Let us say company sells for $25M. Now the investor has participating preferred or convertible preferred. How does the difference impact you, the stockholder or the founder. Here goes!
i. Participating Preferred. Investor gets their $3M back. There is still $22M left in the coffers. Investor splits 50-50 based on their participating preferred. You and Investor both take home $11M from the residual pool. Investor has $14M, and you have $11M. Congrats!
ii. Convertible Preferred. Investor gets 50% or $12.5M and you get the same – $12.5M. In other words, convertible preferred just got you a few more drinks at the bar. Hearty Congratulations!
Bear in mind that if the Exit Value is lower, the difference becomes more meaningful. Let us say exit was $10M. The Preferred participant gets $3M + $3.5M = $6.5M while you end up with $3.5M.
4. One of the key provisions is Liquidation Preferences. It can be a ticking time bomb. Careful! Some investors may sometimes ask for a multiple of their investment as a preference. This provision provides downside protection to investors. In the event of liquidation, the company has to pay back the capital injected for preferred. This would mean a 1X liquidation preference. However, you can have a 2X liquidation preference which means the investor will get back twice as much as what they injected. Most liquidation preferences range from 1X to 2X, although you can have higher liquidation preference multiples as well. However, bear in mind that this becomes important only when the company is forced to liquidate and sell of their assets. If all is gung-ho, this is a silent clause and no sweat off your brow.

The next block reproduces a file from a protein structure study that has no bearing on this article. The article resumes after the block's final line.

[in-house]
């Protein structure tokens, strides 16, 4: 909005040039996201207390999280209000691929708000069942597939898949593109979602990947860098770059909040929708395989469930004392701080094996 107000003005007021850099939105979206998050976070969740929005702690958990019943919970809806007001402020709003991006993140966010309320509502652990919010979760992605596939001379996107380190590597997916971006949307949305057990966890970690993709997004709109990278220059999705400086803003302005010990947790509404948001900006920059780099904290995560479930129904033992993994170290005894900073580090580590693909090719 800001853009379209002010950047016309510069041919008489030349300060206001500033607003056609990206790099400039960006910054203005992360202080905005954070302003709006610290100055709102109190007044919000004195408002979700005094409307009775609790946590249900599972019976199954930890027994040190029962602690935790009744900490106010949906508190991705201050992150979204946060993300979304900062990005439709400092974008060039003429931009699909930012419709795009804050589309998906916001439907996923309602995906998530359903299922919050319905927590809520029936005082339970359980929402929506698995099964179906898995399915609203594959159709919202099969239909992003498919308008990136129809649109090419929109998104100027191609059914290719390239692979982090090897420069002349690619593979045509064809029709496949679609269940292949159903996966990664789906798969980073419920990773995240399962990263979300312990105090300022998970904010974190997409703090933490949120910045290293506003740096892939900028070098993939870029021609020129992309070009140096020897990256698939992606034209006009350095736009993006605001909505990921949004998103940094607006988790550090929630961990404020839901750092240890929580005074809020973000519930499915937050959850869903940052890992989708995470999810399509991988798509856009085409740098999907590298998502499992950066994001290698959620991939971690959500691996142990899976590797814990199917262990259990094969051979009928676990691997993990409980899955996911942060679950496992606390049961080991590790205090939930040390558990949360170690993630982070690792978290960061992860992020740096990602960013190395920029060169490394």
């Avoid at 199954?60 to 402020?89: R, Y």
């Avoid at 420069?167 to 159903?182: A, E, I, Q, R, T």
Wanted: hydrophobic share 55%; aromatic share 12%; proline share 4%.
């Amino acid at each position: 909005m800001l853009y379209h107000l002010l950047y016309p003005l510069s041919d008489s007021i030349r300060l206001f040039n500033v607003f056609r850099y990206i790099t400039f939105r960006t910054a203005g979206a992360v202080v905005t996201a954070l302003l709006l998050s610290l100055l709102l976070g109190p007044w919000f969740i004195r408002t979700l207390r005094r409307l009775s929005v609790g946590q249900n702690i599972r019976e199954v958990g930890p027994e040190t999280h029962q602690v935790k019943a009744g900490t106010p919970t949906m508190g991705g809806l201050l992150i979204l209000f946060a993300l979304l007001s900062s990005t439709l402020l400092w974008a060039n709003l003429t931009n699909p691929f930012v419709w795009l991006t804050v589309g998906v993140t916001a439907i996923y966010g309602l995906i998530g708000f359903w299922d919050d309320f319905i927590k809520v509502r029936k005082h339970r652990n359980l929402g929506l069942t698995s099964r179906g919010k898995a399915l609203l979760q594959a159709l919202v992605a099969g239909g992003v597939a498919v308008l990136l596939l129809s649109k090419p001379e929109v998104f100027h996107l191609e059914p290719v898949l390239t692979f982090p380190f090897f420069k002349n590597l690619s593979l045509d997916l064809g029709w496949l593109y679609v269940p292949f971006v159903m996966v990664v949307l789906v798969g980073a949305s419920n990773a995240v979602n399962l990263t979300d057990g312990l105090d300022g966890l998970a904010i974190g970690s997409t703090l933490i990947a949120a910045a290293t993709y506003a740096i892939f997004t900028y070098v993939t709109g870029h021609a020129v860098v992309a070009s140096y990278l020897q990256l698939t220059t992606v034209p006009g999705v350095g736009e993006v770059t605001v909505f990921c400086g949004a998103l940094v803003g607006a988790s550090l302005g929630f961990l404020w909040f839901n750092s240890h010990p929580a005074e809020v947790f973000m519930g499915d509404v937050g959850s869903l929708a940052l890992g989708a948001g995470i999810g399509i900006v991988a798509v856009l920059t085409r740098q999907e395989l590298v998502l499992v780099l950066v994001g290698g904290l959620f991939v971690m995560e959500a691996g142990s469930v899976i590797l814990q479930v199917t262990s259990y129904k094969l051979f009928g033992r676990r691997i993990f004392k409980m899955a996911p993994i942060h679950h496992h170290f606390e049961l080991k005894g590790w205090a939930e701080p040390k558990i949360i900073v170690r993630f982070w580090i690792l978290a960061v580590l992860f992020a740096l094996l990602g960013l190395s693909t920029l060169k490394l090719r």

5. Redemption rights. The right of redemption is the right to demand under certain conditions that the company buys back its own shares from its investors at a fixed price. This right may be included to require a company to buy back its shares if there has not been an exit within a pre-determined period. Failure to redeem shares when requested might result in the investors gaining improved rights, such as enhanced voting rights.